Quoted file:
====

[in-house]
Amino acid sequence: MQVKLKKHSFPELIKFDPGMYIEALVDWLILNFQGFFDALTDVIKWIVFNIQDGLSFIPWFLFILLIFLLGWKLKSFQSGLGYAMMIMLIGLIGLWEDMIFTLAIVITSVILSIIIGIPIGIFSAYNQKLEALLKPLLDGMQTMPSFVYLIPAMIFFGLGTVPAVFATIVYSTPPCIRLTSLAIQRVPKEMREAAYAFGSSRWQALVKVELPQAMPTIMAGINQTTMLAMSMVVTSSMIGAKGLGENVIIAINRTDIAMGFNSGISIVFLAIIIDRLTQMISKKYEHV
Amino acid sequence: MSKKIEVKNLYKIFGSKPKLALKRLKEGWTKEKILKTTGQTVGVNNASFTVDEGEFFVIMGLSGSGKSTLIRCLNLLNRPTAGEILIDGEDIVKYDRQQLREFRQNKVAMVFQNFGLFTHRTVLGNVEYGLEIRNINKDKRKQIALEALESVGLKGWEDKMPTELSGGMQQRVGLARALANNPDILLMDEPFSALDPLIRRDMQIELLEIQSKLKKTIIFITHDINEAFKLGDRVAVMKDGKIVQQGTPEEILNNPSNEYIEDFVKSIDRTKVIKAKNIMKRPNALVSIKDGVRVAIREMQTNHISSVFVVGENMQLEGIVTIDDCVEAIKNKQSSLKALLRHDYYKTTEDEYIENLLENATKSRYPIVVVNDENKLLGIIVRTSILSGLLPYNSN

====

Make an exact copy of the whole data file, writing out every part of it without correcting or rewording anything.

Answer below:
[in-house]
Amino acid sequence: MQVKLKKHSFPELIKFDPGMYIEALVDWLILNFQGFFDALTDVIKWIVFNIQDGLSFIPWFLFILLIFLLGWKLKSFQSGLGYAMMIMLIGLIGLWEDMIFTLAIVITSVILSIIIGIPIGIFSAYNQKLEALLKPLLDGMQTMPSFVYLIPAMIFFGLGTVPAVFATIVYSTPPCIRLTSLAIQRVPKEMREAAYAFGSSRWQALVKVELPQAMPTIMAGINQTTMLAMSMVVTSSMIGAKGLGENVIIAINRTDIAMGFNSGISIVFLAIIIDRLTQMISKKYEHV
Amino acid sequence: MSKKIEVKNLYKIFGSKPKLALKRLKEGWTKEKILKTTGQTVGVNNASFTVDEGEFFVIMGLSGSGKSTLIRCLNLLNRPTAGEILIDGEDIVKYDRQQLREFRQNKVAMVFQNFGLFTHRTVLGNVEYGLEIRNINKDKRKQIALEALESVGLKGWEDKMPTELSGGMQQRVGLARALANNPDILLMDEPFSALDPLIRRDMQIELLEIQSKLKKTIIFITHDINEAFKLGDRVAVMKDGKIVQQGTPEEILNNPSNEYIEDFVKSIDRTKVIKAKNIMKRPNALVSIKDGVRVAIREMQTNHISSVFVVGENMQLEGIVTIDDCVEAIKNKQSSLKALLRHDYYKTTEDEYIENLLENATKSRYPIVVVNDENKLLGIIVRTSILSGLLPYNSN